American novelist Sinclair Lewis once said:
“Winter is not a season, it’s an occupation”
And he couldn’t have been more correct.
Winter is that unique time of the year when everything is either dead, dying, or frozen and you have to work extra hard for the things you’d usually have handy during the milder seasons. Winter may be the time to hibernate for most animals, but for us humans, it’s the time to hustle— hard— if we want to get things done.
Let’s put this in a survival perspective:
When SHTF in the dead of winter or if you find yourself lost in the wilderness, will you be able to survive? Here are a few things to remember to get you through this frigid season.
How To Dress For Winter Survival
Clothing is your first level of protection in this harsh weather, so make sure you’ve got proper layers on.
Your base layer should be made of wicking fabric to keep sweat and moisture off of your skin. Merino wool is an exceptional kind of fabric that keeps you warm and dry when it’s cold and keeps you cool when it’s hot out. Synthetic fabrics like polyester do well as a base layer, too. Stay away from cotton as it absorbs a lot of moisture. It will stay soaked when it gets wet and that could lead to hypothermia.
Animal hide and seal skin have been used by people who live in arctic climates to fend off the cold, so take it from them to keep warm if you’re in the same terrain. Prevent heat from escaping your head by wearing hats and scarves.
Build A Winter Shelter
You gotta keep in mind that not all tents are suitable for the winter, so pick a one that can withstand the biting cold.
Many cold-weather shelters and specialty tents are large enough to accommodate you and your gear and have ample space for wood-burning stoves to keep you warm. Basic seasonal tents are usually made from nylon, while cold-weather tents are usually made of silicone and polyurethane to keep cold and moisture out. However, these types don’t accommodate wood-burning stoves very well. They can be bulky and heavy as well, so take the fabric’s weight and durability into account when you’re choosing a tent. You also have to make sure that the tent has enough ventilation.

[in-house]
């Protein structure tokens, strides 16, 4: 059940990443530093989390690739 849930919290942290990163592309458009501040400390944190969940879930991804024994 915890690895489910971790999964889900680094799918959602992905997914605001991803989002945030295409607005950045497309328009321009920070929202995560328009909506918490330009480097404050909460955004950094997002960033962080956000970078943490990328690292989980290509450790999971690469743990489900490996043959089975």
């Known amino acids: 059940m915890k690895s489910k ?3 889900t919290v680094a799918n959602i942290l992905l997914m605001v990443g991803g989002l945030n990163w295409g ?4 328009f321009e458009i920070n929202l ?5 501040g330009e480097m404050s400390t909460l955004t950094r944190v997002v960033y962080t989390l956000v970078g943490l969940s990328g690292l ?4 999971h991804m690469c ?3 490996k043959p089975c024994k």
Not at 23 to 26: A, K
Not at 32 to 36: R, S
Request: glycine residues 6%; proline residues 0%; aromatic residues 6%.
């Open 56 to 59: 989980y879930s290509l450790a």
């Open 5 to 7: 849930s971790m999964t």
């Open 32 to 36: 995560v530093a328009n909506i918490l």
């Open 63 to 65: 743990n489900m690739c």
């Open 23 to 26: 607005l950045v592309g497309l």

Another great addition to your winter tent is a space blanket. Also known as an emergency or mylar blanket, this item helps reflect heat back to the body. It’s also lightweight and widely available, so you can bring one or two in your backpack. Tarps also do a good job of keeping rain out of your camp.
On the off chance that you find yourself without a tent, space blanket or tarp, there are various emergency shelters that you can build using natural materials like poles, branches, foliage, and some cordage. One of the most common types of shelter is the wikiup. Here’s a neat video of how to make one.
Sometimes several feet of snow can be a good thing as it allows you to build snow caves. Snow caves are made by excavating snow and forming a shelter to protect people from the wind. See how to build one here: